Their deaths had to be connected with what he did. He had put lots of people away over the years. Some were out now. Others had friends. Just before the murders at 4305 Boston Avenue, he had helped break up a local meth ring that was doing its best to make everybody in the metro area an addict and thus a good customer, young, old, and every demographic in between. These dudes were bad, evil, kill you to look at you. They could’ve found out where he lived. Easy enough. He wasn’t undercover. And they might’ve taken out their revenge on his wife and child, and her brother who had picked the wrong time to visit from out of town. But there was not a scrap of evidence against this group. And without that, no arrests. No trial. No judgment. No execution.
His fault. His guilt. Maybe led them right to his family, and now he had no family.
The community had held a fund-raiser for him. Collected a few thousand bucks. It was all sitting in a bank account untouched. Taking the money would have seemed to him to be an act of betrayal for those he had lost, so the money sat, though he certainly could have used it. He was getting by, barely. But barely was all he needed. Because barely was all he was now.
He settled back against the wood of the bench and shrugged his coat closer around him. He was not here by accident.
He was here on a job.
And as he looked to his left, he saw that it was time to get to work.
He rose and headed after the two people he’d been waiting for.
THE BAR WAS much like every other bar Decker had ever been in.
Dark, cool, musty, smoky, where light fell funny and everyone looked like someone you knew or wanted to know. Or, more likely, wanted to forget. Where everyone was your friend until he was your enemy and cracked a pool stick over your skull. Where things were quiet until they weren’t. Where you could drink away anything that life threw at you. Where a thousand Billy Joel wannabes would serenade you into the wee hours.
Only I could drink a thousand drinks and never forget a damn thing. I would just remember every detail of the thousand drinks down to the shapes of the ice cubes.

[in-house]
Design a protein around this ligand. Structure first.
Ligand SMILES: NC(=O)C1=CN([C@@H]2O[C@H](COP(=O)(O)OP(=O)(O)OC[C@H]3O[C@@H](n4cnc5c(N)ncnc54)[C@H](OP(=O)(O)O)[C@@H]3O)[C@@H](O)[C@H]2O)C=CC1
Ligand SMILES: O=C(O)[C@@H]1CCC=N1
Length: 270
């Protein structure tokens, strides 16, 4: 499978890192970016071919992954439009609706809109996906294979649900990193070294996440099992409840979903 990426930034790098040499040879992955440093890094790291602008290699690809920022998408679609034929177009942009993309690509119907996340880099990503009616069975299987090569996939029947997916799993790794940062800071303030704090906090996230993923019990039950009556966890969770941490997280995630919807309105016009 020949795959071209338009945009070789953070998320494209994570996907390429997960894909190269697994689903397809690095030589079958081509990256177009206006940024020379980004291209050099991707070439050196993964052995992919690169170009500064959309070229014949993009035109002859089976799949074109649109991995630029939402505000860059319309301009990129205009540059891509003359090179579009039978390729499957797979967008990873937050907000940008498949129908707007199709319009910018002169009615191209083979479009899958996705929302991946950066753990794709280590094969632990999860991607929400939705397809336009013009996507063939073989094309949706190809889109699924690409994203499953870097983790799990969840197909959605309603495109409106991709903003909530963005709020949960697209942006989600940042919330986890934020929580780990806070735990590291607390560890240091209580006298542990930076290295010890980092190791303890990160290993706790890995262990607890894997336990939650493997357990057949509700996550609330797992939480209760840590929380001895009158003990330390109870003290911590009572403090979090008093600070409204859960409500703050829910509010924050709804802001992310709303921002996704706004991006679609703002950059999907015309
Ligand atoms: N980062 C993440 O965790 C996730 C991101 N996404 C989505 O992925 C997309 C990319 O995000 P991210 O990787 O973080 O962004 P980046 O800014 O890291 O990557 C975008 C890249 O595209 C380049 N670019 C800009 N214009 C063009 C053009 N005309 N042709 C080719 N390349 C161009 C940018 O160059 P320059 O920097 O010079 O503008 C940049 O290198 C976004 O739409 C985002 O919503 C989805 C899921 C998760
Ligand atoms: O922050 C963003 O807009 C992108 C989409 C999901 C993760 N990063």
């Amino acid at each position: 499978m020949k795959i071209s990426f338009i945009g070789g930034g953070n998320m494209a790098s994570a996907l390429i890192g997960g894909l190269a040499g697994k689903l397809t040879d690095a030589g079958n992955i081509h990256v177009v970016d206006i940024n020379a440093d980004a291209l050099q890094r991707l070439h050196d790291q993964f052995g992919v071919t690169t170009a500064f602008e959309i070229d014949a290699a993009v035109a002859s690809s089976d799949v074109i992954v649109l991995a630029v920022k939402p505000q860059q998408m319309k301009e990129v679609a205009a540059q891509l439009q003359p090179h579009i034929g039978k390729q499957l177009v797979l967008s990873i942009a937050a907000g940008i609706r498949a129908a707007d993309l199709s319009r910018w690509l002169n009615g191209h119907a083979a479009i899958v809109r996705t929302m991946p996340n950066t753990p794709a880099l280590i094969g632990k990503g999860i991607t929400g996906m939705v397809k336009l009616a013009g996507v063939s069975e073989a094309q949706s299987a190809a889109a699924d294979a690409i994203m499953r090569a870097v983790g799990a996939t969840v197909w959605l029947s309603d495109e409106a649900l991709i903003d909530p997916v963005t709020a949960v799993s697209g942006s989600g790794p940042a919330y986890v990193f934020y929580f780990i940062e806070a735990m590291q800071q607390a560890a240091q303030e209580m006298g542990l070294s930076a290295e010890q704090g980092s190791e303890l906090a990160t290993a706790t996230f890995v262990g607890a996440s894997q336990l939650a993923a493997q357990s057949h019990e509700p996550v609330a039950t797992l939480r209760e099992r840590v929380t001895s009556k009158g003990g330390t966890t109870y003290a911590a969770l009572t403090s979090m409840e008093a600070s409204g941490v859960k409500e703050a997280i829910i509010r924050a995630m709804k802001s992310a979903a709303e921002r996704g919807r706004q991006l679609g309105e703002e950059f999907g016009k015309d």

Decker took a seat at the bar where he could see himself in the reflection of the big mirror behind the stacked rows of Beam and Beef, Glen and Sapphire.
He ordered a dollar draft, clutched the mug between his hammy hands, and studied the mirror. Back corner and to the right. They had sat down there, the couple he’d followed into the place.
The gent was late fortyish, the girl half that. The man was dressed in the best he had. A pinstripe wool three-piece, yellow tie dotted with blue flecks in the shape of what looked to be sperms on their way to fertilize an egg, and a dandy pocket handkerchief to match. Hair swept back revealed a lined, mature brow—attractive on a man, less so on a woman, but then life had always been unfair that way. Impressive diamond rings on the manicured fingers. Probably stolen. Or fakes. Like he was. His toenails were probably clipped too. His shoes were polished, but he’d missed the backs. They were scuffed, which came much closer to the man’s actual nature. He was scuffed too. And he only wanted to impress on the way in, not on the way out. After the way out, you’d never see the prick again.
She was doe-eyed and dough-brained. Pretty in a vacuous, seen-it-a-thousand-times sort of way. Like watching a 3-D movie without the requisite glasses; something was just off. The lady was so blindly faithful and oblivious that part of you just wanted to walk away and leave her to her fate.
But Decker was being paid not to do that. In fact, he was being paid to do the opposite.
She was dressed in a skirt and jacket and blouse that probably cost more than Decker’s car. Or the car he’d once had. The bank had gotten that too, as banks often did.